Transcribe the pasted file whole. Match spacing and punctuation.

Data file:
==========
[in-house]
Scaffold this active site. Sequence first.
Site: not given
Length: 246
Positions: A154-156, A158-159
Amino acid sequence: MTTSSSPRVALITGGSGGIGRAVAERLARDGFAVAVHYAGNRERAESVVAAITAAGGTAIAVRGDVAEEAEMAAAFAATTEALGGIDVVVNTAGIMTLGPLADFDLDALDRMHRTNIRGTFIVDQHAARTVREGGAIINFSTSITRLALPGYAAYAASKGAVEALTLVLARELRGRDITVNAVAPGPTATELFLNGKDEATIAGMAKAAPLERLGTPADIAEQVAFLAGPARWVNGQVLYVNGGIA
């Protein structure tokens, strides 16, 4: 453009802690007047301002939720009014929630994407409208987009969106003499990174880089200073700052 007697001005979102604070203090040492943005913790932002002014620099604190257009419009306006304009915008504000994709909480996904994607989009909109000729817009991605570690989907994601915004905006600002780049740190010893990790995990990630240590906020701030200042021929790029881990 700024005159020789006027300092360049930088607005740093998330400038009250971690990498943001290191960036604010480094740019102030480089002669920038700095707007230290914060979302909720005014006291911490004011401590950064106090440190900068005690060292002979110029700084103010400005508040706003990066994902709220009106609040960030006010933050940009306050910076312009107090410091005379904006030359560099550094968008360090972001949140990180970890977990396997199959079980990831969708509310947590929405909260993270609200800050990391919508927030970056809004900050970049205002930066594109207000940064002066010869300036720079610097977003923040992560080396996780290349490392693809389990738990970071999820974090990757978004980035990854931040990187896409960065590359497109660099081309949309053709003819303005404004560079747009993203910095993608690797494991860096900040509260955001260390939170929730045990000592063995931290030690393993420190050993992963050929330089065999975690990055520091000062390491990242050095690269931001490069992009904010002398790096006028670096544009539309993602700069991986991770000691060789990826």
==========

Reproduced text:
[in-house]
Scaffold this active site. Sequence first.
Site: not given
Length: 246
Positions: A154-156, A158-159
Amino acid sequence: MTTSSSPRVALITGGSGGIGRAVAERLARDGFAVAVHYAGNRERAESVVAAITAAGGTAIAVRGDVAEEAEMAAAFAATTEALGGIDVVVNTAGIMTLGPLADFDLDALDRMHRTNIRGTFIVDQHAARTVREGGAIINFSTSITRLALPGYAAYAASKGAVEALTLVLARELRGRDITVNAVAPGPTATELFLNGKDEATIAGMAKAAPLERLGTPADIAEQVAFLAGPARWVNGQVLYVNGGIA
């Protein structure tokens, strides 16, 4: 453009802690007047301002939720009014929630994407409208987009969106003499990174880089200073700052 007697001005979102604070203090040492943005913790932002002014620099604190257009419009306006304009915008504000994709909480996904994607989009909109000729817009991605570690989907994601915004905006600002780049740190010893990790995990990630240590906020701030200042021929790029881990 700024005159020789006027300092360049930088607005740093998330400038009250971690990498943001290191960036604010480094740019102030480089002669920038700095707007230290914060979302909720005014006291911490004011401590950064106090440190900068005690060292002979110029700084103010400005508040706003990066994902709220009106609040960030006010933050940009306050910076312009107090410091005379904006030359560099550094968008360090972001949140990180970890977990396997199959079980990831969708509310947590929405909260993270609200800050990391919508927030970056809004900050970049205002930066594109207000940064002066010869300036720079610097977003923040992560080396996780290349490392693809389990738990970071999820974090990757978004980035990854931040990187896409960065590359497109660099081309949309053709003819303005404004560079747009993203910095993608690797494991860096900040509260955001260390939170929730045990000592063995931290030690393993420190050993992963050929330089065999975690990055520091000062390491990242050095690269931001490069992009904010002398790096006028670096544009539309993602700069991986991770000691060789990826």